Guy Barnard and Tim Gibson, Co-Heads of the Global Property Equities Team, provide a mid-year review on the performance of global REITs and their outlook for the rest of 2019.
Everyone loves completing their half yearly review. So we thought we would provide one for global real estate investment trusts (REITs).
How did global REITs perform?
Global REITs (FTSE Global NAREIT Developed Index in USD) rose by a respectable 15.4%, the Janus Henderson Horizon Global Property Equites Fund A2 share class in USD was up 19.4%, while global equities (MSCI World Index in USD) gained 17.4%. (Source: Morningstar, 1 January 2019 to 30 June 2019, NAV to NAV, net of fees, in USD, and Thomson Reuters Datastream, total returns in USD). Past performance is not a guide to future performance.
Not bad after the horrible end to 2018. The largest shift in market sentiment between the beginning of the year and now was on US interest rate expectations. To many, interest rate cuts seemed a long way off in January 2019, but have now become market consensus.
Areas of strength and weakness
As always, one number tells us little about what really happened and within global real estate markets there was an ongoing battle between the ‘haves’ and the ‘have nots’.
It was winner takes all for industrial/logistics companies globally who made strong gains and were boosted by news that one of the world’s largest real estate private equity firms, Blackstone, had acquired GLP’s US industrial portfolio for US$18.7bn. The deal is one of the largest ever private real estate transactions and provided further evidence of both strong investor demand and supportive pricing for industrial assets. Conversely, retail names remained at the bottom of the pile in most markets as underlying valuations trended lower.
US REITs half-year performance by sector
The global REIT sector also continued to grow, both through initial public offerings (IPOs) and existing companies raising funds for future growth. This has brought total assets in global REITs to US$1.8 trillion as at 30 June 2019 (Source: Bloomberg, FTSE EPRA/NAREIT Developed Index market capitalisation as at 30 June 2019). But again, the devil is in the detail as the vast majority of growth was in the faster-growing and ‘alternative’ sectors such as logistics, data centres, and manufactured housing.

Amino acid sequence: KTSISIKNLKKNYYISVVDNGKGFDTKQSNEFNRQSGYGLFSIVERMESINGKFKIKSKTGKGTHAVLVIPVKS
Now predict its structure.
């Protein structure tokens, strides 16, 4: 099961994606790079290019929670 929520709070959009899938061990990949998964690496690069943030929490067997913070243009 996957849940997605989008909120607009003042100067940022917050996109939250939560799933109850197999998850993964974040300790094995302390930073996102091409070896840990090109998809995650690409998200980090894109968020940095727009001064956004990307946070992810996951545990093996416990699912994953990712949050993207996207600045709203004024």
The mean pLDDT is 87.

This highlights not just the ability of REIT companies to grow organically, but also externally by acquiring assets to grow their platforms and further enhance earnings growth.
Areas of focus for second half 2019
With the markets now expecting interest rates to be cut in the US, the only remaining questions seem to be how many cuts and when. The main reason behind this volte-face is ongoing concerns over slowing global growth.
As central banks re-converge to become dovish once more, REITs have the potential to benefit because the sector’s dividend yield remains attractive relative to the wider equity and bond markets. Furthermore, the beta of the global REITs sector versus global equities currently stands at 0.5 (one-year beta at 30 June 2019), which we believe may offer some downside protection.
As global economic growth slows and risks rise, we believe defensive growth is going to be a key area of focus for investors for the rest of the year, but as highlighted above, it is important to be selective‒ not all real estate sectors are created equal.
Beta is a measure of a portfolio’s (or security’s) relationship with the overall market or any chosen benchmark. The benchmark always has a beta of 1. A portfolio with a beta of 1 means that if the market rises 10%, so should the portfolio. A portfolio with a beta of more than 1 will be expected to move more than the market, but in the same direction. A beta of 0 means the portfolio’s returns are not linked at all to the market returns. A negative beta means the investment should move in the opposite direction to the market.